September 11, 2013
10:42 AM EDT
Ed. Note: This is cross-posted from the U.S. Department of Commerce blog. You can see the original post here.
As two of the newest members of President Obama’s cabinet, we’ve both spent the past few months lending a fresh set of eyes and ears to the opportunities and challenges facing middle-class workers and American businesses. One concern facing both communities that requires our full attention and our joint efforts is making sure that every American has the skills needed to succeed in the workforce.
This week we visited Anne Arundel Community College (AACC) in Maryland, where we were joined by U.S. Congressman Steny Hoyer, to hear from local business, education, labor, and government leaders about the importance of skills training as both a workforce development and an economic development imperative.
In 2011 Anne Arundel Community College received a $19.7 million grant from the Labor Department to lead the National STEM Consortium, which is made up of 10 community colleges in nine states. Together, they’re working with employers, labor unions, and industry groups to develop certificate programs designed to train workers for mid-skill technical careers that have a high volume of openings in a particular region. Over the next decade, more than half of the new jobs created will be middle skills jobs meaning they require more than a high school diploma but less than a four-year college degree.
Speeches and Remarks/Statements and Releases
September 11, 2013
Michelle Obama joins pro-vets actor Gary Sinise in supporting military families at a new USO center.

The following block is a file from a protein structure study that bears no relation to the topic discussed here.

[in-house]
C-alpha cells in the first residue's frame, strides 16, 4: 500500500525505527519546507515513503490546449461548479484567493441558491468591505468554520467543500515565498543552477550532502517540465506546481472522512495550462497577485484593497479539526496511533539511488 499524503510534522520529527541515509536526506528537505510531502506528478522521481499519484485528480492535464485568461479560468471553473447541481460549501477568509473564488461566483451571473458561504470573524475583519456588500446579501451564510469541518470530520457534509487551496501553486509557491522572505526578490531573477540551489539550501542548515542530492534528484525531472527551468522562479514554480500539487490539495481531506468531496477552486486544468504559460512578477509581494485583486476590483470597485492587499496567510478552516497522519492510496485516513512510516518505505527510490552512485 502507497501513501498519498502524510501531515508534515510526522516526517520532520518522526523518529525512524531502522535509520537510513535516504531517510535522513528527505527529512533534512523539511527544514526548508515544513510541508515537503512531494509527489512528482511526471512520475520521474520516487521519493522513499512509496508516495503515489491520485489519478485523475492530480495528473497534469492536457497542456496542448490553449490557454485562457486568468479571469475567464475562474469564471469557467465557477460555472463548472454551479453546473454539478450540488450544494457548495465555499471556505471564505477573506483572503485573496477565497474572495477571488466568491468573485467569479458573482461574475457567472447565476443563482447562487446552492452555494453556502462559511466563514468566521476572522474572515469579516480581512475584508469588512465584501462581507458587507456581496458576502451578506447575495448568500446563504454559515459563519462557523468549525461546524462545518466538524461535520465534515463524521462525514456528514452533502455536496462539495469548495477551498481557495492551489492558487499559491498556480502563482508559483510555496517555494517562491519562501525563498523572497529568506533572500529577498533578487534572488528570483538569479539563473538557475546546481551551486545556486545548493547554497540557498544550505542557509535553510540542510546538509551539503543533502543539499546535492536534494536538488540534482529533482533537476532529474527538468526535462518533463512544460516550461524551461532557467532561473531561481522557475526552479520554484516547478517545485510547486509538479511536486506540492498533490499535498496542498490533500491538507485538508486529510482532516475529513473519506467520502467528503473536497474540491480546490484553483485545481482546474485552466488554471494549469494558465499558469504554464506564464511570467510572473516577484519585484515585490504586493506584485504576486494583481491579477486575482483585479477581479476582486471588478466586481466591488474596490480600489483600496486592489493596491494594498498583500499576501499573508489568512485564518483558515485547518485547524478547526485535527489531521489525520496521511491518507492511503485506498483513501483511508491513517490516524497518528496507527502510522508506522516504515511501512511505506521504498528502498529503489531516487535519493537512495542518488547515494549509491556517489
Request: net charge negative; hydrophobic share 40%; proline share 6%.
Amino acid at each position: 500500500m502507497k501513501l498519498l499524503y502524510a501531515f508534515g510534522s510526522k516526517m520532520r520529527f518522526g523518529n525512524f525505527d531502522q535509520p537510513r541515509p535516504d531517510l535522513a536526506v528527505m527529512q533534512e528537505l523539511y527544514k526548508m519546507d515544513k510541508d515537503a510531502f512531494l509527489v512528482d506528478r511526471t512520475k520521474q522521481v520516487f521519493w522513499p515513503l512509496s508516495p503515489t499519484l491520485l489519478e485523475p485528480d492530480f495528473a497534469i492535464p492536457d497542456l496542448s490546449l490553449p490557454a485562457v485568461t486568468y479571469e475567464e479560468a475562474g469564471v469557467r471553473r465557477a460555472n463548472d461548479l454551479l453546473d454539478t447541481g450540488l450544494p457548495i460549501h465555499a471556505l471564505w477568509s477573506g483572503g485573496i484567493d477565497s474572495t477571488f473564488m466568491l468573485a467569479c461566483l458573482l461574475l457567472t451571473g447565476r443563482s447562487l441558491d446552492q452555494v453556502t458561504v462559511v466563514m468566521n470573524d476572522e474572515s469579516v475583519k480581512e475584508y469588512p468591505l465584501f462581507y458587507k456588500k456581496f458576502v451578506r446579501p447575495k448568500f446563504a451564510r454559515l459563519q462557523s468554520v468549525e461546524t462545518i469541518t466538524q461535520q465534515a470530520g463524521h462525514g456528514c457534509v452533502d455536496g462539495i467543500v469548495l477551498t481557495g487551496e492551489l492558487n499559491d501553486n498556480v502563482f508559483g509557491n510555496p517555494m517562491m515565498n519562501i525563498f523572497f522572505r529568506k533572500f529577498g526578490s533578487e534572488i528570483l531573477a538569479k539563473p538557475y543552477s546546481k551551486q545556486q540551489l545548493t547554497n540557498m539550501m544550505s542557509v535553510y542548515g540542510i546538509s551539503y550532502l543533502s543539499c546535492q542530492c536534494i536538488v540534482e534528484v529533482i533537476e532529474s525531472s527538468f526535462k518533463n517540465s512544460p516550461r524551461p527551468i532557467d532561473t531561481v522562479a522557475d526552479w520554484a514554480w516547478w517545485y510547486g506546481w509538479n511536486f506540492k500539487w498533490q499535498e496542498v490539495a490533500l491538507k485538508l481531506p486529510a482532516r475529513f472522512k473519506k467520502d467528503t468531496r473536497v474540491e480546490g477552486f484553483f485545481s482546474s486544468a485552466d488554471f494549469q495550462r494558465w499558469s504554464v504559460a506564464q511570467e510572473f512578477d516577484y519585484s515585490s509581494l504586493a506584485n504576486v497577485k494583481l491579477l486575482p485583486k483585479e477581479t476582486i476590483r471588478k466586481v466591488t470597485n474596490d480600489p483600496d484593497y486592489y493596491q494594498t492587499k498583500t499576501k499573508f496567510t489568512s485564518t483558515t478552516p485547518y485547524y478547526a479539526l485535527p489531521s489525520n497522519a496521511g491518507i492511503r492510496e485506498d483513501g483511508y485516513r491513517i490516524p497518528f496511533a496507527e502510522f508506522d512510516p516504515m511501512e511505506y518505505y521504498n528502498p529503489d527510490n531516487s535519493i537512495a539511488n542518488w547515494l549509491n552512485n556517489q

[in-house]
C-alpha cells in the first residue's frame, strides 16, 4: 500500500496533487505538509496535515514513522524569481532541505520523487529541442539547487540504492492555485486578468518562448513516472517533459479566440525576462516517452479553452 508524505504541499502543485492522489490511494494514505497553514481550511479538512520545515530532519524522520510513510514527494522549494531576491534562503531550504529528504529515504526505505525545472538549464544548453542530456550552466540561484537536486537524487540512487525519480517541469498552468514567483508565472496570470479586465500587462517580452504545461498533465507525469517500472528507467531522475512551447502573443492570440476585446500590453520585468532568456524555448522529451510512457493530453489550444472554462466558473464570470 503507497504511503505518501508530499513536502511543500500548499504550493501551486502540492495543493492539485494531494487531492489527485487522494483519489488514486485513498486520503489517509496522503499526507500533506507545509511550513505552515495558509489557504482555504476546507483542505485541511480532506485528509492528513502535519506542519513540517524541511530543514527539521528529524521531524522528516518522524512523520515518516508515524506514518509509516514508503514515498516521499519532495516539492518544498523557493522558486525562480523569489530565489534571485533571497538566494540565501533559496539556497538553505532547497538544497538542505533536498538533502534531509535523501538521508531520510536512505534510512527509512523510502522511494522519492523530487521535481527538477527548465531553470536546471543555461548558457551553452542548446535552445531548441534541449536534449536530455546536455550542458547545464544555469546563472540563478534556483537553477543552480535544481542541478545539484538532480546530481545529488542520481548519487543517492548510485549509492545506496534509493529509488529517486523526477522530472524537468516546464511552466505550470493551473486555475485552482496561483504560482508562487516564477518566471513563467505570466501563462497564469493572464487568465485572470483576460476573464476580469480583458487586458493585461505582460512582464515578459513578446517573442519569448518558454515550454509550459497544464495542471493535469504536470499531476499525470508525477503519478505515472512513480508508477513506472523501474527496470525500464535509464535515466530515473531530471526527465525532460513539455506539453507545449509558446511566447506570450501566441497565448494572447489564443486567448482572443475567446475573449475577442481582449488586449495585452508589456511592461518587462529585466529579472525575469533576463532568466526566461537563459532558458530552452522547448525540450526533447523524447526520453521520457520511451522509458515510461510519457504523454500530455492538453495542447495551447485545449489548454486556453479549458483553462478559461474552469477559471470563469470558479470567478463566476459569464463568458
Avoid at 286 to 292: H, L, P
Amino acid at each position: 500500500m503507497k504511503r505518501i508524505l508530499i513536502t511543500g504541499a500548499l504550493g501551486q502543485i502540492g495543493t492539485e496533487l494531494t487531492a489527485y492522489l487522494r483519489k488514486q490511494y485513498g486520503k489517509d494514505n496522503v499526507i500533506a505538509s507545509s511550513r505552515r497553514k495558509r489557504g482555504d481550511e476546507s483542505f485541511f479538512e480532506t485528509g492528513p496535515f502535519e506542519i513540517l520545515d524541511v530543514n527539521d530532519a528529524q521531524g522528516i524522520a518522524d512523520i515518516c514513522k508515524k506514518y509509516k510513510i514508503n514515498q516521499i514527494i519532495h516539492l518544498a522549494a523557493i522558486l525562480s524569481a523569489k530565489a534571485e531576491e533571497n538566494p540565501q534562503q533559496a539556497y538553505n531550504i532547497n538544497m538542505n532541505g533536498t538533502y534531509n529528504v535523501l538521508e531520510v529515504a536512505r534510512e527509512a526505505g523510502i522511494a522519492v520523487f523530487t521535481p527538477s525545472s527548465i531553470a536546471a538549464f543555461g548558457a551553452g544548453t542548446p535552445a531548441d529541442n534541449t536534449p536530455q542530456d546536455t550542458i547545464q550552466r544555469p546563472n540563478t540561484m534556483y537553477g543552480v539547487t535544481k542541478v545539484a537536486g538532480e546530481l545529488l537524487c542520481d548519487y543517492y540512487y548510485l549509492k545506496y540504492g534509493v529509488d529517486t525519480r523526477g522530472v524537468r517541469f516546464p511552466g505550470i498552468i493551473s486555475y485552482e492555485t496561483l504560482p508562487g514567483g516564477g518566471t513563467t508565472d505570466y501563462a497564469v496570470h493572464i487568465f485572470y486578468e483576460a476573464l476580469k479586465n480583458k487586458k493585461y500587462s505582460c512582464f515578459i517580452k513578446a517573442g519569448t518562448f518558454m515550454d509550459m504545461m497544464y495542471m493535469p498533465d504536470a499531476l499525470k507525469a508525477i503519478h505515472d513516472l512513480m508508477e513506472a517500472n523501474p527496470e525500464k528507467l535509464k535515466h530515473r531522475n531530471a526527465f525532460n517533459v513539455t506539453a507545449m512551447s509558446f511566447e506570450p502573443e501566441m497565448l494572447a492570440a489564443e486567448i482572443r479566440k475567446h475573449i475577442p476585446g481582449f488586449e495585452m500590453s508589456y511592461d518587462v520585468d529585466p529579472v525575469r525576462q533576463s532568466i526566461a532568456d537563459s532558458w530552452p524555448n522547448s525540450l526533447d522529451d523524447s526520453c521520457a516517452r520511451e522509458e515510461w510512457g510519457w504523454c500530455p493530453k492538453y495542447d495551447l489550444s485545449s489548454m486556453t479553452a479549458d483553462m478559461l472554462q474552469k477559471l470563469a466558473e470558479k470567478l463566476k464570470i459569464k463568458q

Toting a basket of cookies shaped like her new dog Sunny, first lady Michelle Obama today joined activist actor Gary Sinise on a visit to a new USO family center just outside Washington, D.C.
“Guess what I brought you guys — what do you think is in this basket? Cookies!” Mrs. O exclaimed on greeting a clutch of kids, according to the White House transcript. “I want that one!” a child cried as everybody laughed.
“And you know what these cookies are? This is our new puppy. We have a new puppy at the White House, her name is Sunny. And the White House pastry chefs made cookies for all of you guys with Sunny and some other fun stuff in here.”
This is a favorite Obama gift — cookies shaped like doggies. In previous years, it was the family’s first Portuguese waterdog, Bo; now it’s another Portuguese waterdog, Sunny, a female who’s about a year old and looks just like Bo.
Obama has made supporting military families one of her key projects as first lady. Sinise, the CSI: New York star, has, too, ever since he played Lt. Dan in 1994′s Forrest Gump.
Together they paid a visit to the new USO Warrior and Family Center in Fort Belvoir, Va., where they handed out cookies and helped military children make patriotic crafts. The visit was meant to commemorate the Sept. 11th National Day of Service and Remembrance.
The USO Warrior and Family Center at Fort Belvoir, the largest in USO history, supports wounded, ill and injured troops, their families and caregivers, as well as local active-duty troops.
“We just wanted to shine a light on all the great work that the USO is doing for families like these all over the country,” Obama said. “And I’ve got my friend, Gary Sinise, here who has done such terrific work for veterans, troops and military families through his foundation, as well as his Lt. Dan Band.”
Sinise’s band will play a concert at Fort Belvoir later today.
The USO visit followed a more somber scene this morning at 8:46 am., when the first lady joined President Obama, Vice President Biden and his wife, Jill Biden, on the White House lawn to observe a moment of silence on the 12th anniversary of the September 11 terrorist attacks.
Perhaps to mark the change in tone for the appearances, Mrs. Obama changed her clothes. In the morning, she wore a purple sheath; by afternoon she had switched to a teal sheath.
Mrs. Obama also was due to meet later today with wounded warriors and their families in Bethesda, Md., at Intrepid Spirit One, the first of nine satellite centers intended to help military members and veterans suffering from post-traumatic stress and related conditions.
Thank you Maria Puente, USA TODAY.